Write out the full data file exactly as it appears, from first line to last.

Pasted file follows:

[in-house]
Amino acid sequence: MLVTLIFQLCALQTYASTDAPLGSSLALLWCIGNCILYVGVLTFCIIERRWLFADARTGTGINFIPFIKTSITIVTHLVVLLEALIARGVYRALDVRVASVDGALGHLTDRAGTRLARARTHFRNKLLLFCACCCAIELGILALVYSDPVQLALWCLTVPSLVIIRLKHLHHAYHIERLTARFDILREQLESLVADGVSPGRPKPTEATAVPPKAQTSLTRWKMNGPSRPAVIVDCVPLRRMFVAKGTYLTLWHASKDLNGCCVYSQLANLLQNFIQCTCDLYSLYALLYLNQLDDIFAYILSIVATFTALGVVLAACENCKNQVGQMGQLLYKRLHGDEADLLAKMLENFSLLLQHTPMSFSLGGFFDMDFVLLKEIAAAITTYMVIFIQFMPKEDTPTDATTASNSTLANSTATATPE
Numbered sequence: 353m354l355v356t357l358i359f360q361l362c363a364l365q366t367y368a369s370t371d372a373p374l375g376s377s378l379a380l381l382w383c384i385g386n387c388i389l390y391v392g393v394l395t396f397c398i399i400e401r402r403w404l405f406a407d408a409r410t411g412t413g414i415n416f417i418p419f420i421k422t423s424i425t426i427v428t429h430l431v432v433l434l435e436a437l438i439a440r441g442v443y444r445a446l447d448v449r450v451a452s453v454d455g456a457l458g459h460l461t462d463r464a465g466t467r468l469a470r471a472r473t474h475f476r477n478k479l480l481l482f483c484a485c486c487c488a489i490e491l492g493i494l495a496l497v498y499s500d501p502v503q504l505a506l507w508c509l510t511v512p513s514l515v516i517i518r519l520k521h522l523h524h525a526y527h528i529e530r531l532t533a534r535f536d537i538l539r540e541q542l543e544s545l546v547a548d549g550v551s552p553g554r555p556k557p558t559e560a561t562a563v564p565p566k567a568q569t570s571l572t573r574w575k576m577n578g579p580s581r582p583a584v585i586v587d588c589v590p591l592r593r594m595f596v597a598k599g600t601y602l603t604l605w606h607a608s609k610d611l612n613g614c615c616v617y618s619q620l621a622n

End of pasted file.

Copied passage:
[in-house]
Amino acid sequence: MLVTLIFQLCALQTYASTDAPLGSSLALLWCIGNCILYVGVLTFCIIERRWLFADARTGTGINFIPFIKTSITIVTHLVVLLEALIARGVYRALDVRVASVDGALGHLTDRAGTRLARARTHFRNKLLLFCACCCAIELGILALVYSDPVQLALWCLTVPSLVIIRLKHLHHAYHIERLTARFDILREQLESLVADGVSPGRPKPTEATAVPPKAQTSLTRWKMNGPSRPAVIVDCVPLRRMFVAKGTYLTLWHASKDLNGCCVYSQLANLLQNFIQCTCDLYSLYALLYLNQLDDIFAYILSIVATFTALGVVLAACENCKNQVGQMGQLLYKRLHGDEADLLAKMLENFSLLLQHTPMSFSLGGFFDMDFVLLKEIAAAITTYMVIFIQFMPKEDTPTDATTASNSTLANSTATATPE
Numbered sequence: 353m354l355v356t357l358i359f360q361l362c363a364l365q366t367y368a369s370t371d372a373p374l375g376s377s378l379a380l381l382w383c384i385g386n387c388i389l390y391v392g393v394l395t396f397c398i399i400e401r402r403w404l405f406a407d408a409r410t411g412t413g414i415n416f417i418p419f420i421k422t423s424i425t426i427v428t429h430l431v432v433l434l435e436a437l438i439a440r441g442v443y444r445a446l447d448v449r450v451a452s453v454d455g456a457l458g459h460l461t462d463r464a465g466t467r468l469a470r471a472r473t474h475f476r477n478k479l480l481l482f483c484a485c486c487c488a489i490e491l492g493i494l495a496l497v498y499s500d501p502v503q504l505a506l507w508c509l510t511v512p513s514l515v516i517i518r519l520k521h522l523h524h525a526y527h528i529e530r531l532t533a534r535f536d537i538l539r540e541q542l543e544s545l546v547a548d549g550v551s552p553g554r555p556k557p558t559e560a561t562a563v564p565p566k567a568q569t570s571l572t573r574w575k576m577n578g579p580s581r582p583a584v585i586v587d588c589v590p591l592r593r594m595f596v597a598k599g600t601y602l603t604l605w606h607a608s609k610d611l612n613g614c615c616v617y618s619q620l621a622n